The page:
The Definition: Eurosceptic
A person, especially a politician, who opposes closer connections between Britain and the European Union.
Let’s go right back to the beginning when the UK joined the EU…
Britain joined the European Economic Community (which later became the European Union) in 1973 alongside Denmark and Ireland, while under the leadership of Conservative Prime Minister Edward Heath.
Comprised initially of six founding members: Belgium, France, Italy, Luxembourg, the Netherlands and West Germany, the community had been formed in the aftermath of the second world war as a way of keeping the peace between the previously warring nations. The idea was that in creating greater economic integration across the continent, primarily through a common market and customs union, they could enhance international cooperation and so lessen the chance of another bloody conflict.
Did everyone like it?
No they did not. Opposition towards the UK’s membership of the EEC/EU has been a thorn in the side of British politics from the very outset. So much so that in 1975, just two years after Britain joined the EEC, Labour Prime Minister, Harold Wilson, called a referendum on Britain’s membership.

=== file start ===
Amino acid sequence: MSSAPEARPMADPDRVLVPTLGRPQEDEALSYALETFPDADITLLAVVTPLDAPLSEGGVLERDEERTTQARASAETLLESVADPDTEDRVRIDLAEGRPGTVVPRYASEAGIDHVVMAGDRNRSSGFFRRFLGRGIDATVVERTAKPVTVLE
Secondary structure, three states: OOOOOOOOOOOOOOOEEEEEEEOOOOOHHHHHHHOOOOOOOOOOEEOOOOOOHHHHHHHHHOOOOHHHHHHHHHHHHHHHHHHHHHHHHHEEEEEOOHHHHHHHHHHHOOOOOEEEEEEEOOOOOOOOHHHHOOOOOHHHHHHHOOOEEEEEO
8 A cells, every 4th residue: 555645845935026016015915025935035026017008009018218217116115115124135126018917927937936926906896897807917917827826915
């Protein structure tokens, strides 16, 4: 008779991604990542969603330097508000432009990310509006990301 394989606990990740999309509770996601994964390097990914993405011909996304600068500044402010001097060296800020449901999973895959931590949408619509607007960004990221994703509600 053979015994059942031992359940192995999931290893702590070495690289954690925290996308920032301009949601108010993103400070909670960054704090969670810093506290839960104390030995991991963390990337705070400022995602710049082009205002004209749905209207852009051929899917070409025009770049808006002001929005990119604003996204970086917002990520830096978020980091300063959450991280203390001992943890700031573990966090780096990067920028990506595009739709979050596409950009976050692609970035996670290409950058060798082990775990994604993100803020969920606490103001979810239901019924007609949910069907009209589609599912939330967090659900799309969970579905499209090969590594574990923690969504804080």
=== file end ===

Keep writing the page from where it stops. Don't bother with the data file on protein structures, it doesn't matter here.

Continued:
But while the Europe question may be ripping apart the governing Conservative party today, back then it was a problem for the Labour party. Ahead of the 1975 referendum, the Conservatives, led by Margaret Thatcher, were championing Britain’s continued membership in the Union, as were big business (like now) and the tabloid press (now pretty unanimously pro-Brexit). Labour, on the other hand, was deeply divided over the issue. The more left-leaning wing of the party was comprised of vocal critics of the Common Market, which they saw as a “capitalist club” that would take away jobs and undermine British democracy. Meanwhile, Prime Minister Wilson was leading the ‘In’ campaign, brandishing what he said was a new and improved deal he’d recently secured from Brussels.
In the end, the public voted to remain with 64% (on a turnout of 72%) in favor of continued membership in the EEC. That ended the Europe debate… for about a minute.
By the time Margaret Thatcher came to power in 1979, opposition to the Union was again bubbling up within Westminster, captured in her Bruges speech of 1988 which became the blueprint for Tory Euroscepticism: “To try to suppress nationhood and concentrate power at the center of a European conglomerate would be highly damaging and would jeopardize the objectives we seek to achieve,” she said. Following calls for greater European integration in 1990, she famously responded: “No, no, no”.
The original purpose of the EU had, the eurosceptics believed, been overridden by overzealous Franco-German ambitions for ever-greater political and economic union.
But what had changed to make people think this?
Quite a lot actually. When the UK first joined the EEC it was joining a “Common Market” that was made up of nine member states and 250 million people. Today, it has 28 member states and is comprised of over 500 million people.